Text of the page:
SATTER: Well, by comparison with the way in which the Bush administration approached this question in the past, it was more forceful than what we have seen hither too.
But the fact is that I don't even understand what Russia is doing in the G-8. We have some outstanding issues with Russia. For example, they are thumbing their nose at us on the question of the extradition of Andrei Lugovoy for the murder of Alexander Litvinenko.
GIGOT: In London.
SATTER: In London. Now Britain is a member of the G-8. The point is this is a group of industrial democracies supposedly guided by certain ethical standards.
GIGOT: That decision was made in the late 1990's though by the Clinton administration. Are you saying that they should be ousted from the G-8 now?
SATTER: They have no place there. Absolutely. If they are not going to cooperate in the investigation of the Litvinenko murder, they have absolutely no business even meeting with the other members of the G-8.
And I bring up the Litvinenko murder when we have begun talking missile defense because actually they are connected. The point is trust and being able to rely on the good will of the person who is talking to you.
If this is a person who is not sincere, who is not revealing his true motives and, in fact, in fact while on the surface pretending to be a responsible member of the world community, is, in other areas, behaving in a way that's diametrically opposed to civilized values, then that has to be taken into account.
GIGOT: All right, David Satter, thanks very much for being here.
SATTER: Thank you, Paul.
GIGOT: When me come back, standing up to Vladimir Putin. President Bush takes the Russian leader to task for his crackdown on democracy. Was he tough enough? Our panel weighs in when the "Journal Editorial Report" continues.
(BEGIN VIDEO CLIP)
GEORGE W. BUSH, PRESIDENT OF THE UNITED STATES: In Russia, reforms that were once promised to empower citizens have been derailed, with troubling implications for democratic development.
(END VIDEO CLIP)
GIGOT: Though he sought to soothe tensions with Russia at the G-8 summit in Germany, President Bush had some harsh word for Vladimir Putin earlier in the week in a pro-democracy conference in Prague.
Foreign affairs columnist Bret Stephens was there and he joins the panel this week, along with editorial page editor Dan Henninger and editorial board member Jason Riley.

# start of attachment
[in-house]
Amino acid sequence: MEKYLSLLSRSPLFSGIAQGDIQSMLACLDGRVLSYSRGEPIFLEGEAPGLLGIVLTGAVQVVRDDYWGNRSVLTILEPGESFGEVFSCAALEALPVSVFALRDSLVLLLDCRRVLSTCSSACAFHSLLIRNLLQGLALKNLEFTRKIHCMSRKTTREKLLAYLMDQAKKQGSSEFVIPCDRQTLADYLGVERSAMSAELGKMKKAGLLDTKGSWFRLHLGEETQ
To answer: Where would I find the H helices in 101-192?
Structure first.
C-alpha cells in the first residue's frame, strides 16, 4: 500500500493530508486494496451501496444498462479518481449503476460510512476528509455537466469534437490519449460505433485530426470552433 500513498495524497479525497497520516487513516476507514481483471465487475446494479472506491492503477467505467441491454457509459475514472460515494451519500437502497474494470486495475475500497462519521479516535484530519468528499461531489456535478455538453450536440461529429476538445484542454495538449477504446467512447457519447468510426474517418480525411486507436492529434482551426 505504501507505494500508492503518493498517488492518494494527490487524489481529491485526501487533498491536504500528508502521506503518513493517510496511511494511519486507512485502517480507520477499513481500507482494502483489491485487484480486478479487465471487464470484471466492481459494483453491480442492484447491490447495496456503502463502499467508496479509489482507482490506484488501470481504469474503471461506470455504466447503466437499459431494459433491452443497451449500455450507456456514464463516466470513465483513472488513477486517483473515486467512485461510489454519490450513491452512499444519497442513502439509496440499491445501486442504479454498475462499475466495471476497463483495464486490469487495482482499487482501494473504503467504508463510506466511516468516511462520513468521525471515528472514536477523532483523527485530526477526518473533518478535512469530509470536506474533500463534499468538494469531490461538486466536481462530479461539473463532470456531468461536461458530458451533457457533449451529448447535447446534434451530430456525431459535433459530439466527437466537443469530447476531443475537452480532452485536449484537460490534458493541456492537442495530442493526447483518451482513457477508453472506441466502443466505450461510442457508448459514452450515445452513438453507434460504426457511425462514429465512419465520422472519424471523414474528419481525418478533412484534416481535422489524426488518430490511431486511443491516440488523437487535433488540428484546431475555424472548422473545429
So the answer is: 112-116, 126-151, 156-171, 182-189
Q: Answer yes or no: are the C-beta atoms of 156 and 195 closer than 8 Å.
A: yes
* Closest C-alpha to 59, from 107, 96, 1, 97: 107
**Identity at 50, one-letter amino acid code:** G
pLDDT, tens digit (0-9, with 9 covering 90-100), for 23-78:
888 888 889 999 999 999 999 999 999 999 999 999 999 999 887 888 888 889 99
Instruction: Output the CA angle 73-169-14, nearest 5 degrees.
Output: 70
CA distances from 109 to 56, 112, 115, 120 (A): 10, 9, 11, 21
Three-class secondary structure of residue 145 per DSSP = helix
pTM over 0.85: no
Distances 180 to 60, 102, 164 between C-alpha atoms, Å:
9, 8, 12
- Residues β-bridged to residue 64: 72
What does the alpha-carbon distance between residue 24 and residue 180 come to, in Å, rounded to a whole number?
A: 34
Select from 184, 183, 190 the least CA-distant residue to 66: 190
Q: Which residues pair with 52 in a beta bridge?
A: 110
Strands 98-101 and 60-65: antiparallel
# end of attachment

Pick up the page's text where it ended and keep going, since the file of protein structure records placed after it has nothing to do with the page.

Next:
Bret, what I heard is the State Department didn't want the president to go to this meeting in Prague. He went because Natan Sharansky called him up personally and invited him to meet with these dissidents. You were there. How'd it go?
BRET STEPHENS, WSJ FOREIGN AFFAIRS COLUMNIST: I think a lot of people were surprised that he arrived. And what was remarkable is, after he gave the speech, which you just saw, he met privately with these guys. There were people from Sudan, from Belarus, from China. Garry Kasparov from Russia was there. There were Iranians. There were Syrians. There was really an extraordinary collection of people.
He met privately with them so we don't know what was said.
But as they came out some of them were visibly moved to tears that the president of the United States had come — flown to the Czech Republic to meet with these guys, all who have spent, often, years in jail.
GIGOT: At least in the president's mind the democracy agenda is not dead. Maybe in the State Department's mind, but not in the president's.
STEPHENS: No. People talked about his obvious sincerity, his knowledge, his command of the issues. But they also said that there is a wide gap between what the president thinks and what his advisors think. And it is whether that gap can be bridged that will determine whether there is any freedom agenda to move forward with.
GIGOT: Dan, let's move to the Russia speech by the president. He was tough as I think I can remember him, talking about Putin. And yet they did meet at the G-8. Where is this U.S.-Russian relationship going?
DAN HENNINGER, WSJ COLUMNIST AND EDITORIAL PAGE EDITOR: I think it is going to become very difficult, quite frankly. You know the big event that we have to keep on eye on is going to be what they're calling a presidential election in March of next year. That's coming up fast.
GIGOT: You are not sure it's going to be an actual election?
HENNINGER: Well, I think it'll be kind of a — this is the point of what Putin and the rest of them are doing in Russia now. There is going to be power transition there.
And as David Satter was suggesting — and Garry Kasparov said the same thing, Vladimir Putin is what holds together what's essentially a mafia operation in Russia right now.
The feeling is if Putin leaves the scene, these guys will fall on each other in long knives and Russia will become a dangerous place. So what we are trying to do is figure out how to have a normal relationship with a very unstable situation inside the Russian political system.
GIGOT: The president wants Russia's help, wants Putin's help on things.
HENNINGER: He does.
GIGOT: For example, the Iranian nuclear program. For example, the Kosovo motion for independence from the former Yugoslavia.
JASON RILEY, WSJ EDITORIAL BOARD MEMBER: That's why I think he tried to watch his response to Putin's bluster earlier in the week. I would second David Satter's remark that Putin gave us another reason the G-8 should be the G-7.